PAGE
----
By Peggy O’Brien
In our June issue of BardNotes, I posed four questions to y’all. Three of them were requesting your advice about our blog and some new directions it might take. I snuck in the fourth question, purely for my own selfish purpose. I asked you what I should read this summer.
Summer Reading. (Image: James Brantley)
Thanks to the many, many of you who sent responses to some or all of the questions. They were wildly helpful. We’ll be back in a bit about the blog, but for now . . . the books you recommended! A completely fabulous list. And since many of you said, “Send us the list!” we’re doing just that. In all, 126 recommendations. Data point that is amazing to me: only two titles were recommended by more than one of you. You are a fascinating and eclectic group of readers! Two or three of you recommended All The Light We Cannot See and Americanah.
In this blog post, you’ll find the first half of the list. In our next post, the rest of the list plus a bonus. We got so excited about your recommendations that we decided to ask our squad of summer interns–two undergrads, a recent high school grad starting college next month, and a rising high school junior–for their reading recs too.
We’re having kind of a wild summer here. Hope yours is restorative and big fun. Continue Reading »
Posted in Folger Education | Tagged BardNotes, book recommendations, Peggy O'Brien | 2 Comments »
By Deborah Gascon
When I introduced myself as one of the master teachers (the other was the fabulous Michael LoMonico) to the 29 teachers participating in the Folger’s first Summer Academy, I told them the Folger was a magical place. I thought about the unicorn painted on a screen on the ceiling of the Folger theater and the quote around it from As You Like It: “All the world’s a stage and all the men and women merely players.” A magical and mysterious image surrounded by magical, mysterious words.
This indescribable magic was a feeling I felt during my first experience at the Folger in 2012 that I just couldn’t express or convey through words (mine or Shakespeare’s) during the academy introductions. But a week later, after five very long and very full 12-hour days, every participant came to understand that magic and mystery that my words couldn’t describe, and I was privileged, once again, to see how Folger Education can transform a teacher’s life, his/her students’ lives and classroom practice.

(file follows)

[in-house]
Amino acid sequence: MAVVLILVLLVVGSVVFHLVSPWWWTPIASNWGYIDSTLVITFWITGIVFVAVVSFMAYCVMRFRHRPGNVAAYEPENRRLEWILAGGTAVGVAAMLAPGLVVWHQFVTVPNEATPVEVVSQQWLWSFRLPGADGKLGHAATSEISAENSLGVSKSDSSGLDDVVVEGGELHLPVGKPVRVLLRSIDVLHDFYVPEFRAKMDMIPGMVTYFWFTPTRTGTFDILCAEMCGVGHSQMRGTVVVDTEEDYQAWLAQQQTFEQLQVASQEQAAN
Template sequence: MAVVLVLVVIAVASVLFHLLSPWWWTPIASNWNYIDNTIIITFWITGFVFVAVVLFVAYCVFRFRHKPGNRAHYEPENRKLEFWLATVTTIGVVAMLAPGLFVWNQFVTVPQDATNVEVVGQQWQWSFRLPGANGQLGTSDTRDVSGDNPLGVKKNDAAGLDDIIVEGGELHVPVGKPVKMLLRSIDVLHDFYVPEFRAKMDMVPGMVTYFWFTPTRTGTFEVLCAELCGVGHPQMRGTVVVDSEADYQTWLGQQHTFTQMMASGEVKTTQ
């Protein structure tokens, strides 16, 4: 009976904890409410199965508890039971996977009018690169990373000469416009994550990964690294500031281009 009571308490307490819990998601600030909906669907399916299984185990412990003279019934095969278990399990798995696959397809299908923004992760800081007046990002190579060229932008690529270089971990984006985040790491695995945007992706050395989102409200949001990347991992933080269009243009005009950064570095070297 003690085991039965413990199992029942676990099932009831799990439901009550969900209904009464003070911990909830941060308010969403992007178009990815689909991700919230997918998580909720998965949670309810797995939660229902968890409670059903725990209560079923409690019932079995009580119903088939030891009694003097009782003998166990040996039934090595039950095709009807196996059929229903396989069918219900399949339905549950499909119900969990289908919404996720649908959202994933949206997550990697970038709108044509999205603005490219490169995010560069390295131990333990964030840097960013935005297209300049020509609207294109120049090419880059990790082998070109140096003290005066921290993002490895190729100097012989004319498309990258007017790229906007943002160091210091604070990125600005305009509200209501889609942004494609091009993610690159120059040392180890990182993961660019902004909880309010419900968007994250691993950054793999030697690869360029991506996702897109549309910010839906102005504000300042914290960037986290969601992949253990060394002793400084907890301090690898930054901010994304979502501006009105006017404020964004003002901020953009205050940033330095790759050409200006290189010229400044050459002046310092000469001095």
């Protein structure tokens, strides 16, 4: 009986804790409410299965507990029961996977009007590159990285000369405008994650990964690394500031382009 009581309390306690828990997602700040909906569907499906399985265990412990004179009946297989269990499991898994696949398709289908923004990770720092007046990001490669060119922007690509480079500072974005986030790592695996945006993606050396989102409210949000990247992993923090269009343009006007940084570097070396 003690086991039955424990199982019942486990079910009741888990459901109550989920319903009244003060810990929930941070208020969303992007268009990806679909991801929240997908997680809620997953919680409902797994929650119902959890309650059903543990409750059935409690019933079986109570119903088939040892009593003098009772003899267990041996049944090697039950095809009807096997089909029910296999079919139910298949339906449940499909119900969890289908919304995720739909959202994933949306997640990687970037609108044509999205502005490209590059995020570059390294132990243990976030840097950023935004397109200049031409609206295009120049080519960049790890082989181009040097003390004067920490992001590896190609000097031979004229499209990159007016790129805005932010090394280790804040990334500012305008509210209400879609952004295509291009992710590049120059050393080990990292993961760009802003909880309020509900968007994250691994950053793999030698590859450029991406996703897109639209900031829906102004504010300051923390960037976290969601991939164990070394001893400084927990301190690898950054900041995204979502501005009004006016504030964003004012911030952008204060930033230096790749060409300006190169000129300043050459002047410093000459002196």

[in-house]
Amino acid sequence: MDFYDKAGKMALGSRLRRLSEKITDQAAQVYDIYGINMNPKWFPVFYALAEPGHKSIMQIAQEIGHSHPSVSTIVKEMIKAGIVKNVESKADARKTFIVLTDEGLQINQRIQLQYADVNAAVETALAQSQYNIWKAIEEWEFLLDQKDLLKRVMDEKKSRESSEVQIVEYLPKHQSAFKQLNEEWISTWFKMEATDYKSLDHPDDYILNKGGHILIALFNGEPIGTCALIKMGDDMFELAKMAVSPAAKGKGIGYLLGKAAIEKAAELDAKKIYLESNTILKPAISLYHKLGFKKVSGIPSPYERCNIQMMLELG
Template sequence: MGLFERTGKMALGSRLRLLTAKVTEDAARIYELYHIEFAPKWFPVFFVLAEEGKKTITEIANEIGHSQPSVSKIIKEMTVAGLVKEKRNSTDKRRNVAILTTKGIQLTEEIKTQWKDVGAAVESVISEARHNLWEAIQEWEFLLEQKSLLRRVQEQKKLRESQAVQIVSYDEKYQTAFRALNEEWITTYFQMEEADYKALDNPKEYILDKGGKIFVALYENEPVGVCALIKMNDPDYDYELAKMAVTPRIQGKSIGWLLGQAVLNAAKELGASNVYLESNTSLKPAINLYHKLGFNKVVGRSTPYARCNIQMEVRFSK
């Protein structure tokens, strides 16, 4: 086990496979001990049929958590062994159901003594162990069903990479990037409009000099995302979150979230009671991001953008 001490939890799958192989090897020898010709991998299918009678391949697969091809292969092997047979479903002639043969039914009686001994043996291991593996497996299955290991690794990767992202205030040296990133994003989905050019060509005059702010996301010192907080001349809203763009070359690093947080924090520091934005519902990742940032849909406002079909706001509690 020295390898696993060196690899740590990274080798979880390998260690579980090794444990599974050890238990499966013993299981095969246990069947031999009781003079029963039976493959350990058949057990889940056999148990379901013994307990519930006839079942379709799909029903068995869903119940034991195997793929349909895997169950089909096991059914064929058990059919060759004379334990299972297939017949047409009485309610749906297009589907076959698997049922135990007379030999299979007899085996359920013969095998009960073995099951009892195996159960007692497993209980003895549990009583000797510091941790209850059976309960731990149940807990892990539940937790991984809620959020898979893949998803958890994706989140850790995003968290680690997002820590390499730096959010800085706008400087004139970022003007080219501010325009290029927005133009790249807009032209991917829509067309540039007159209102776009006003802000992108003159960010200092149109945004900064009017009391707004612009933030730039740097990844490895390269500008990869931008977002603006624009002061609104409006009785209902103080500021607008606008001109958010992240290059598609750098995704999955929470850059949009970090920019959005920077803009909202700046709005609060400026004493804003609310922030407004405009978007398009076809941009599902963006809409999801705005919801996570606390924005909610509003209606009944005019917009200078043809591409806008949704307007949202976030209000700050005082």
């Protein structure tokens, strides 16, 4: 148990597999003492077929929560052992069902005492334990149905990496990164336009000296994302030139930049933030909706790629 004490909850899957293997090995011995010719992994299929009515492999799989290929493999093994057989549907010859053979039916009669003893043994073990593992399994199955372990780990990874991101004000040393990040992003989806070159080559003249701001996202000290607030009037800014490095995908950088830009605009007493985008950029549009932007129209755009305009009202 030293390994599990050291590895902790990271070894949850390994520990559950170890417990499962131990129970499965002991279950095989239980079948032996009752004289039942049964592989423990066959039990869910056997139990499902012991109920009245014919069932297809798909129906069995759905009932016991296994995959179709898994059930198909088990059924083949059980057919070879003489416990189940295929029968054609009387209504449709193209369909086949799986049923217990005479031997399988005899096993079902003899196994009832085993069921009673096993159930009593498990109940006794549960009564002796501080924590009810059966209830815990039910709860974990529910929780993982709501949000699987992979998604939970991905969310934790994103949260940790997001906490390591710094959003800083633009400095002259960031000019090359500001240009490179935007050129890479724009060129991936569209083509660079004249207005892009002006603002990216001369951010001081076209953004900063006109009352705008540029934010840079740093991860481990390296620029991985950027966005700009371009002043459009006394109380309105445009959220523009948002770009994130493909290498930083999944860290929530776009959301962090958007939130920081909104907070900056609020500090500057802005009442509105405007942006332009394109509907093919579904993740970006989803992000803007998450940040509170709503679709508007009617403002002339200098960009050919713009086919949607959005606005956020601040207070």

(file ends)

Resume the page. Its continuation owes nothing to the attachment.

I knew that to help everyone understand that magic and the mystery in our short week of the Summer Academy, some work would be involved. And boy, did we work.
Hamlet’s speech from Quarto One. (Image: Deborah Gascon)
We read. We read Hamlet (using the 3-D Shakespeare strategy described here). Then we read Hamlet again and compared the Quarto One “To Be or Not to Be” soliloquy which doesn’t include “that is the question” but rather “I there’s the point.” Yep. It was changed! Then we read the 1604 version of Hamlet. Then we read the 1623 First Folio version of Hamlet. I think you get the point about how much we read. But with every reading came deeper understanding and a closer connection with Shakespeare’s words.
Continue Reading »
Posted in Folger Education, Hamlet, Shakespeare, Shakespeare's Plays, Summer Academy, Teaching | Tagged Deborah Gascon, Hamlet, Hamnet, Luna, Summer Academy, Summer Academy 2015, TSI alum guest post | 2 Comments »
Summer Academy participant Jennie Brown shares her experience at the mid-way point of Summer Academy 2015 which took place from July 5-10, 2015.
By Jennie Brown
Jennie Brown arriving at Summer Academy 2015 (Image: Jennie Brown)
Where do I even begin to describe my experience so far (only on day 3!) of the Teaching Shakespeare Institute’s Summer Academy 2015 at the Folger Shakespeare Library in DC?! Mind-blowing, awesome, humbling, exciting, the list goes on and on.
From workshops with theater professionals and esteemed educators to sword-fighting (yes, I said sword-fighting) on the lawn, to classes with Folger scholars and master teachers to interacting with the Folger collection of rare books, this is one week that will never be forgotten. Below, I’ve put together some of the highlights of this journey so far. [If you know me, you know you’ll find pictures below as well!]
- Amazing Teachers: There are 28 amazing, like-minded, Shakespeare-crazed teachers here with me at the Folger Library, and every single one has a passion for bringing the best of Shakespeare–his words–and ways to teach his language back to the classroom.